Ready for Practice: What child and family health nurses say about education

Publication Type:
Journal Article
Nurse Education Today, 2015, 35 (2), pp. e67 - e72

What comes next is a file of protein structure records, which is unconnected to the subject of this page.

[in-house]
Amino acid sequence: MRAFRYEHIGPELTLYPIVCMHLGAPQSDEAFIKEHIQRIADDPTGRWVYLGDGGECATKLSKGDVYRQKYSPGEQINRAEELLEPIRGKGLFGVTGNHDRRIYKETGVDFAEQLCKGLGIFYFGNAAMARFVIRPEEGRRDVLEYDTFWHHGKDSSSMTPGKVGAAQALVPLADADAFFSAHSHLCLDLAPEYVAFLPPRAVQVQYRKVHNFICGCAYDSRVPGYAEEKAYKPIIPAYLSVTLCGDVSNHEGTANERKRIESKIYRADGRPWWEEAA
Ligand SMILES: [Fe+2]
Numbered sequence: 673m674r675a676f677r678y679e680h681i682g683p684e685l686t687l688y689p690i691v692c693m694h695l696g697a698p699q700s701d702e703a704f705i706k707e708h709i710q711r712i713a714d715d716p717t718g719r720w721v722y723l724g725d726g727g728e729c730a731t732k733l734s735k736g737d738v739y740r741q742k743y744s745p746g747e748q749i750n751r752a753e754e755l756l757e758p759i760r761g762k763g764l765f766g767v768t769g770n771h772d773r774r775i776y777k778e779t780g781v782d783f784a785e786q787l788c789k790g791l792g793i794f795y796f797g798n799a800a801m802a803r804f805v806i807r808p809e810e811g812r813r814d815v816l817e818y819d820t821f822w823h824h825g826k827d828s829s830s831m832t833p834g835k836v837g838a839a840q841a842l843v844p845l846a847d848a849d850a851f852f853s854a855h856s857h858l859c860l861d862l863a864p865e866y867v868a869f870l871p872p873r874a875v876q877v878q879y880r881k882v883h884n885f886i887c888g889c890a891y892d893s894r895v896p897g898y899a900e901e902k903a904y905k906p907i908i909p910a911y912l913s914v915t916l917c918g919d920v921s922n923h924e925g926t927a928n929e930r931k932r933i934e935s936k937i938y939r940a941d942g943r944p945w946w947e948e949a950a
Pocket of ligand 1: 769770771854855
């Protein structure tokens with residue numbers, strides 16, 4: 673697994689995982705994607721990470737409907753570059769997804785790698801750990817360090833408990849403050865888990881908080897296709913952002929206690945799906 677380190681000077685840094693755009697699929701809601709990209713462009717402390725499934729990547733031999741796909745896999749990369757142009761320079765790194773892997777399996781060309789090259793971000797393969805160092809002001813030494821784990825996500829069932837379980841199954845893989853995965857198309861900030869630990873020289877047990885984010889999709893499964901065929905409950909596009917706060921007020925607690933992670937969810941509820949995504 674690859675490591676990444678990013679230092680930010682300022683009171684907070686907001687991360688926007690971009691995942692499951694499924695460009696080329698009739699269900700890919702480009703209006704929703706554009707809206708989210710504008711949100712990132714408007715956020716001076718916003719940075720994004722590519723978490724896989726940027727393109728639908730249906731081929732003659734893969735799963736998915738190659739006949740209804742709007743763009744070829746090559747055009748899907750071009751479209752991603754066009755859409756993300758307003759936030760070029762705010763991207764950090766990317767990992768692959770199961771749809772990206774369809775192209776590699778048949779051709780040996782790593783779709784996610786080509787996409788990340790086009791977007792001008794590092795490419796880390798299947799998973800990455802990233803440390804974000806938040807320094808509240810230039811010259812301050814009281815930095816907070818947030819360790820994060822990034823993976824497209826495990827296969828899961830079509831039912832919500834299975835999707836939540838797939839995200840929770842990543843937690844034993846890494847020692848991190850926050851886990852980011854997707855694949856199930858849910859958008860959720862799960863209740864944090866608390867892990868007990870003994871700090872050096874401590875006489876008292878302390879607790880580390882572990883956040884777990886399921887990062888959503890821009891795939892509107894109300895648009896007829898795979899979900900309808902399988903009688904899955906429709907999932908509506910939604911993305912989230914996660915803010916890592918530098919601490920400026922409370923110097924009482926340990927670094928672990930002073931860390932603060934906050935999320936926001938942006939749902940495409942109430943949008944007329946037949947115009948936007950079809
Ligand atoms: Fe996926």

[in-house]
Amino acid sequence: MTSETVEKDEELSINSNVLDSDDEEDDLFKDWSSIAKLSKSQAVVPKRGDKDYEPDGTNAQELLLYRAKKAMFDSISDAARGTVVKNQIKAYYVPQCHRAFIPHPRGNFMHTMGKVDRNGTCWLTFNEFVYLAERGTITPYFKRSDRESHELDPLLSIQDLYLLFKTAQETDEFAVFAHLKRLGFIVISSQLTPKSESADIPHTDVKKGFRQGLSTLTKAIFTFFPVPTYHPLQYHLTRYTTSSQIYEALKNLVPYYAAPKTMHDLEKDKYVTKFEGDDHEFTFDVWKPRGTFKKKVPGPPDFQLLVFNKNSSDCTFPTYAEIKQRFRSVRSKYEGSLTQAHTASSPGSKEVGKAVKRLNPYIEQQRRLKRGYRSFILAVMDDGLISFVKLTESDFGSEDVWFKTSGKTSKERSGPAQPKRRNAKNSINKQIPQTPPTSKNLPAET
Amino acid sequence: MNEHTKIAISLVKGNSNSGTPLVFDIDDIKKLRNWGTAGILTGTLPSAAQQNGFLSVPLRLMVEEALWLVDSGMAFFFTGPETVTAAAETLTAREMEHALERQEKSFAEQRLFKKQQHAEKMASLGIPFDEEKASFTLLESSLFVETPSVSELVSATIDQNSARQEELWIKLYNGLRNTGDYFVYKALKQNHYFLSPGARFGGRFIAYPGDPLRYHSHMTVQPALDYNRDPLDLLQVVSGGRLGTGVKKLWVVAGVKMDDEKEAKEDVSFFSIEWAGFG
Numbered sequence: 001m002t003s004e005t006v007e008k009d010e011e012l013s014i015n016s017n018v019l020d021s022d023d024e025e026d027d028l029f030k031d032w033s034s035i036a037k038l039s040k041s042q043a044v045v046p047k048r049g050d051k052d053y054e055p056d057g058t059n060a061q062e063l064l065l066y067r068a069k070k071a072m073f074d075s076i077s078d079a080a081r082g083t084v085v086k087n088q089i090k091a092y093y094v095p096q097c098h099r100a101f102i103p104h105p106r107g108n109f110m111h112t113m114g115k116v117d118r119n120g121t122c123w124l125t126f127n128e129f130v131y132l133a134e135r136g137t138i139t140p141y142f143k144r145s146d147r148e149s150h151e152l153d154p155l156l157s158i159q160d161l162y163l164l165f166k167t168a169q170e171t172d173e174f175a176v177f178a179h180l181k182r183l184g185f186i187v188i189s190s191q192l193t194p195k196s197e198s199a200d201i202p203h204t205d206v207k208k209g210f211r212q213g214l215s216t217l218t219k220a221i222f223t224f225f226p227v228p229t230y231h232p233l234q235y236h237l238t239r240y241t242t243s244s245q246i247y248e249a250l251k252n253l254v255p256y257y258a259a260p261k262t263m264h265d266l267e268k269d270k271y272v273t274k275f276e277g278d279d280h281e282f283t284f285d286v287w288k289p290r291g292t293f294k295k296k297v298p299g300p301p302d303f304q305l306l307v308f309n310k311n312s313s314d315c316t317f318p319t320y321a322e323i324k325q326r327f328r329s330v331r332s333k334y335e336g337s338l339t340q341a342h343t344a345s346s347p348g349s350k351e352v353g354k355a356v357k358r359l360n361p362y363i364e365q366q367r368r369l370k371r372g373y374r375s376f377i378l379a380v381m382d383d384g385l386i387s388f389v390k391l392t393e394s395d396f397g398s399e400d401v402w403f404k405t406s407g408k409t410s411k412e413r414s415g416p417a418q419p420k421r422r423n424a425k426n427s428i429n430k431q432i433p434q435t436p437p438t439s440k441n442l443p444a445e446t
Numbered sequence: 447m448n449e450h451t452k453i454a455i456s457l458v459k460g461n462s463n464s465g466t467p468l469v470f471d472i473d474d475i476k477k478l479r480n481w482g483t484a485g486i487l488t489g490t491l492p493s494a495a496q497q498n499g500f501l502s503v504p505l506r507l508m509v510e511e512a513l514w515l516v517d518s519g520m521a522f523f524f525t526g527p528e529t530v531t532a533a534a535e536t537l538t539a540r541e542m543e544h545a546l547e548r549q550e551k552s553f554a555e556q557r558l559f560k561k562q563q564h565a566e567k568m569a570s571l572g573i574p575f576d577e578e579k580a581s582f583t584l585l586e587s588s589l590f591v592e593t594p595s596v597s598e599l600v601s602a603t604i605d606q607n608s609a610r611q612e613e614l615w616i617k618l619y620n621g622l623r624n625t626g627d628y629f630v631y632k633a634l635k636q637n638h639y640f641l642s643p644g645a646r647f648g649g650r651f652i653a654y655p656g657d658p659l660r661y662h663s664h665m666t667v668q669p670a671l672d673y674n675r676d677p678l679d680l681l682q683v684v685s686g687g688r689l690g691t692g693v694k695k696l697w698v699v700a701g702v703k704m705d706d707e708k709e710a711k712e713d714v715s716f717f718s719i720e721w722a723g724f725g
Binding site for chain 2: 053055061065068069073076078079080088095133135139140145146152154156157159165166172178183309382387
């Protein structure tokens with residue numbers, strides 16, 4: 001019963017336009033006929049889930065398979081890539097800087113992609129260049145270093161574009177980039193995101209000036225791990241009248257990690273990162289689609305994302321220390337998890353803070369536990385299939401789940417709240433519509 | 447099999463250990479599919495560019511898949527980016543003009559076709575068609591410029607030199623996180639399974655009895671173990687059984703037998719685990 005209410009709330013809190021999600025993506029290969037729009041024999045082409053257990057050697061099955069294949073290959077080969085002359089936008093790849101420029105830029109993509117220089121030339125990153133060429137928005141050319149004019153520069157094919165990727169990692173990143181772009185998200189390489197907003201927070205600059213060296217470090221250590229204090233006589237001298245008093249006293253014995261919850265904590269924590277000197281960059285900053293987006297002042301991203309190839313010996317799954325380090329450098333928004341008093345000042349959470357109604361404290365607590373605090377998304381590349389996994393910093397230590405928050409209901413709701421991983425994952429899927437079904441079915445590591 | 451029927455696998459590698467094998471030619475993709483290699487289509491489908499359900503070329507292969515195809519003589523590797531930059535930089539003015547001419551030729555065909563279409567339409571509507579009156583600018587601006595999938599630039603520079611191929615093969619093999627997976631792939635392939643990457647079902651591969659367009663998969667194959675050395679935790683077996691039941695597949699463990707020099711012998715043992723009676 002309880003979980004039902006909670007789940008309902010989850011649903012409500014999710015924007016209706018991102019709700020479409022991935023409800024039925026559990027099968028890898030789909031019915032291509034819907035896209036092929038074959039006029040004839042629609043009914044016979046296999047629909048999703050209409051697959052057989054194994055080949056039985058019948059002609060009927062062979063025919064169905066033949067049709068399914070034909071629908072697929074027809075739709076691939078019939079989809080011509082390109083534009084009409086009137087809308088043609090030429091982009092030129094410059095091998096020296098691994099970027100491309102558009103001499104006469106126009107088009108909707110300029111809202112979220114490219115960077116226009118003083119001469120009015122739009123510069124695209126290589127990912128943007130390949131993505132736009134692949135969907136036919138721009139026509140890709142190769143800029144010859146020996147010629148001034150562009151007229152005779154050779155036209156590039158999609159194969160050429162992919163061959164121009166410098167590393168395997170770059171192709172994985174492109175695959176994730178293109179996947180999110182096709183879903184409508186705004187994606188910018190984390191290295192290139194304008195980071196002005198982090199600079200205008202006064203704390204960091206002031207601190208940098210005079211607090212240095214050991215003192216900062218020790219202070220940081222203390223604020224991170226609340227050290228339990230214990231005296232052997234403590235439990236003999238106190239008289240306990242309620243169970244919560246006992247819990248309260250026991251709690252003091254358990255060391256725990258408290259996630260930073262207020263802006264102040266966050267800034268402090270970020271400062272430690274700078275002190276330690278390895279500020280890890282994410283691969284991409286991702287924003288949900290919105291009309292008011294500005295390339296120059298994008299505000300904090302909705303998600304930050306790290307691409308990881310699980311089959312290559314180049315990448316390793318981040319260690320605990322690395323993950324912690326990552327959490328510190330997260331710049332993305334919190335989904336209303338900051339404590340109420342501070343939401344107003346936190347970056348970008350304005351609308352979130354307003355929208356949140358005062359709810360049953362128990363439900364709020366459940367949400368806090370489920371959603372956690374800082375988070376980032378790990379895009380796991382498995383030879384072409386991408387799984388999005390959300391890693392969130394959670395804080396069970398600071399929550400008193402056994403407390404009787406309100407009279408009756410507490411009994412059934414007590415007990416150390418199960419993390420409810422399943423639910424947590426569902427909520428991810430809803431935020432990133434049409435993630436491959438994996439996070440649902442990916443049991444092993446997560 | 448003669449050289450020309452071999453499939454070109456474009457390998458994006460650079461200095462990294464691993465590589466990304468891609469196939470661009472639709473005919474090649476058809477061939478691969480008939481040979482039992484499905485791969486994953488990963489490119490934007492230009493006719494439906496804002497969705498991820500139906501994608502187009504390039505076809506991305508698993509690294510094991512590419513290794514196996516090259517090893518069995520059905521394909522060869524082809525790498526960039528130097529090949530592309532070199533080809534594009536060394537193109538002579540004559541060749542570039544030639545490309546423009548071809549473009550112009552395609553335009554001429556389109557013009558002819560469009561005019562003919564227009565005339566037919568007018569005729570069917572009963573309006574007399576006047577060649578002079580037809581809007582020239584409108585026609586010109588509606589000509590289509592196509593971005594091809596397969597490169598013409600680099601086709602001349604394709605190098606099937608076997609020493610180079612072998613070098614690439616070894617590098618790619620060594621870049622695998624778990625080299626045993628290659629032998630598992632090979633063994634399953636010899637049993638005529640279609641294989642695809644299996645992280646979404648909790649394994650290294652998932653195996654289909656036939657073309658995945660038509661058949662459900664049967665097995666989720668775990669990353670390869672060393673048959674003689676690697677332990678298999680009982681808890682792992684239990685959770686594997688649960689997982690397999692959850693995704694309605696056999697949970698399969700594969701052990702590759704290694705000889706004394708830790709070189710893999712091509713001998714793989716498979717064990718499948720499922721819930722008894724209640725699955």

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Background Australia has a well-established universal child and family health service predominately staffed by specialist/qualified child and family health nurses. Two common and interrelated concerns are the need for nurses to be ready for practice after completing a nursing education program and the means to ensure ongoing nursing competence. Objective To investigate the readiness of CFH nurses to practise after qualification and their continuing engagement with learning. Design The study used an interpretive descriptive approach. Setting This paper presents data from four questions from a larger survey of child and family health nurses across Australia. Participants 1098 child and family health nurses responded to the survey. Method Qualitative survey responses from the four education questions were analysed using inductive thematic content analysis. Results Five significant themes were identified: hands-on experience (student clinical practice/placement); drawing on prior experience; learning on the job; learning (learning over time); and barriers to learning. Conclusion This paper provides insights into nurses' readiness for practice at the completion of a postgraduate child and family health nursing qualification and their maintenance of competence and specialist knowledge. It highlights: the need for clinical placement to be retained and enhanced; the significant contribution of more experienced child and family health nurses mentoring newly graduated child and family health nurses; the need for minimum education standards; the importance of reviewing education courses in relation to graduates' readiness for child and family health nursing practice; the importance of supporting ongoing professional development; and the removal of barriers to accessing education opportunities.
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